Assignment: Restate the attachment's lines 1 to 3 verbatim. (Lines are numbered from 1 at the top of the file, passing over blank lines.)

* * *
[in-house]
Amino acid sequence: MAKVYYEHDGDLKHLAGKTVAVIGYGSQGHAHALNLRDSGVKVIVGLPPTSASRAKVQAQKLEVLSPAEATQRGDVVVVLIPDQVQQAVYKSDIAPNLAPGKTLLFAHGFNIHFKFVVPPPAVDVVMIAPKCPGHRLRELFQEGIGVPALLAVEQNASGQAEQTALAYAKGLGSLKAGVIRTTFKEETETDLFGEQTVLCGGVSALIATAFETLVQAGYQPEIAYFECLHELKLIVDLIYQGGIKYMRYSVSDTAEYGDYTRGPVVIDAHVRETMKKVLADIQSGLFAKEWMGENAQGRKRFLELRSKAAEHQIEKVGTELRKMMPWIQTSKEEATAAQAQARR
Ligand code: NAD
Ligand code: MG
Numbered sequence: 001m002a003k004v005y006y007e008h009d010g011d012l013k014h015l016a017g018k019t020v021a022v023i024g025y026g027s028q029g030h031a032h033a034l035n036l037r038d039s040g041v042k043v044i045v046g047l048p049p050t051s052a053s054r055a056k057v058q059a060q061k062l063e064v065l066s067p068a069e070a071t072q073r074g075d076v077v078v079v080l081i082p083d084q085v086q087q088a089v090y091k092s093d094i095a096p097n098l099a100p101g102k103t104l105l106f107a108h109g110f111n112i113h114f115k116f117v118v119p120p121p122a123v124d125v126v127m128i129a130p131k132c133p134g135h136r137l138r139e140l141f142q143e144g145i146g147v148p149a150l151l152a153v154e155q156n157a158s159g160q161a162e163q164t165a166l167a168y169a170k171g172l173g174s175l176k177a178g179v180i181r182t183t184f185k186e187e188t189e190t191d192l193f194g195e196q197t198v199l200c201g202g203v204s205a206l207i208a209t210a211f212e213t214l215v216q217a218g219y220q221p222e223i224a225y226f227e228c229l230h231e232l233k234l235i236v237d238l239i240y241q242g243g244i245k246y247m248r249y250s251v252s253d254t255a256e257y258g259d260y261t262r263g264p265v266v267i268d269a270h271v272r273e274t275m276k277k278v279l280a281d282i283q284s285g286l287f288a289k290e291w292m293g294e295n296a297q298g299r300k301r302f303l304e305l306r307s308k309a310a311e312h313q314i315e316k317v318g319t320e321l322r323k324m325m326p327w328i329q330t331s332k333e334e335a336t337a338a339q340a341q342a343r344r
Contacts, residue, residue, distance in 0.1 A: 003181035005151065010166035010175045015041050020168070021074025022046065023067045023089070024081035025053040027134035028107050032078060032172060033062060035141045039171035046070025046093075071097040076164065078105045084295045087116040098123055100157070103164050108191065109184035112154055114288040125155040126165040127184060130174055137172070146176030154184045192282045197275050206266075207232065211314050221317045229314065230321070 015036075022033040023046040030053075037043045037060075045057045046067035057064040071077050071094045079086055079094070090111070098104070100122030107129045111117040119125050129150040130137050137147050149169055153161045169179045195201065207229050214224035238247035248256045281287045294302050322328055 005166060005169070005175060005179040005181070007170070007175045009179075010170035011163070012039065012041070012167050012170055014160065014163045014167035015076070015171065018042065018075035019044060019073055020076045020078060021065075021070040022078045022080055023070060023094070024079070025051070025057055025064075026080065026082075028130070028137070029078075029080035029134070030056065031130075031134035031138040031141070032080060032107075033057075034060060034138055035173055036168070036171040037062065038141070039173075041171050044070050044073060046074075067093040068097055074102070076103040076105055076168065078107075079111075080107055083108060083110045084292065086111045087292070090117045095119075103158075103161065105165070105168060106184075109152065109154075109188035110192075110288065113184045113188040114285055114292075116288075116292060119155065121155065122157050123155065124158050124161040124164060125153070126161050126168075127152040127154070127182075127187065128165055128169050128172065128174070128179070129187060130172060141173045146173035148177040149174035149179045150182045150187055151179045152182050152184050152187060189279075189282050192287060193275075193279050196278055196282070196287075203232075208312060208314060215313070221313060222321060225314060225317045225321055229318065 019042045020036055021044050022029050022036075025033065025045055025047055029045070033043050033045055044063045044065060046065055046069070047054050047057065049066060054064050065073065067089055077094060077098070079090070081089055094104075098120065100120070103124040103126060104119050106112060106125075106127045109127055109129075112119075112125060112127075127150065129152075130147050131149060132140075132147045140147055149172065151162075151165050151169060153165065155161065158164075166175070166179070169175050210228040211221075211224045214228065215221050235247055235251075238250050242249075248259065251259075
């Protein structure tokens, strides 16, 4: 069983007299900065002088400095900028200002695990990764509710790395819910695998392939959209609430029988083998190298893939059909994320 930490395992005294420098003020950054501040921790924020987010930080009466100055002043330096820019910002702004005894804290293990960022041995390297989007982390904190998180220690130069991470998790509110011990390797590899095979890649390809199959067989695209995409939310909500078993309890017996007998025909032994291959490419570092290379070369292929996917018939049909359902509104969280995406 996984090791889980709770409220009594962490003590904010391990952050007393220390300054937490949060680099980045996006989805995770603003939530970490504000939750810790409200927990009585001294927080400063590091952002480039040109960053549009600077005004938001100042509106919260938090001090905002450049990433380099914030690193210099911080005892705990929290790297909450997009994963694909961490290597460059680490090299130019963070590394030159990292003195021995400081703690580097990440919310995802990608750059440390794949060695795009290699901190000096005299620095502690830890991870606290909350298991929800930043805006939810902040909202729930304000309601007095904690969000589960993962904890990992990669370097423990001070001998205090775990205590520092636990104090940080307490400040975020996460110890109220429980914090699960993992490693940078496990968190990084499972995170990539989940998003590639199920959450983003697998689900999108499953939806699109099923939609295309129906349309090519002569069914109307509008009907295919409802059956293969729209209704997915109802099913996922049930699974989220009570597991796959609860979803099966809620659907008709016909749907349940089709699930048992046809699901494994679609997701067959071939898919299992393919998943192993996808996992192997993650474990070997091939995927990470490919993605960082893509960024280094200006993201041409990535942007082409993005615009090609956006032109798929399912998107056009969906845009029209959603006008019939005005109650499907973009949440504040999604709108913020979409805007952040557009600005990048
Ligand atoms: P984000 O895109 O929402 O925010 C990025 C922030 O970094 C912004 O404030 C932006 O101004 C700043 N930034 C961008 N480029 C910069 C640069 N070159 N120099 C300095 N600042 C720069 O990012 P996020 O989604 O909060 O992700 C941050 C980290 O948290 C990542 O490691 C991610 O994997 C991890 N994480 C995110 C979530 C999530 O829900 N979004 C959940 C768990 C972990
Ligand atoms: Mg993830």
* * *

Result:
[in-house]
Amino acid sequence: MAKVYYEHDGDLKHLAGKTVAVIGYGSQGHAHALNLRDSGVKVIVGLPPTSASRAKVQAQKLEVLSPAEATQRGDVVVVLIPDQVQQAVYKSDIAPNLAPGKTLLFAHGFNIHFKFVVPPPAVDVVMIAPKCPGHRLRELFQEGIGVPALLAVEQNASGQAEQTALAYAKGLGSLKAGVIRTTFKEETETDLFGEQTVLCGGVSALIATAFETLVQAGYQPEIAYFECLHELKLIVDLIYQGGIKYMRYSVSDTAEYGDYTRGPVVIDAHVRETMKKVLADIQSGLFAKEWMGENAQGRKRFLELRSKAAEHQIEKVGTELRKMMPWIQTSKEEATAAQAQARR
Ligand code: NAD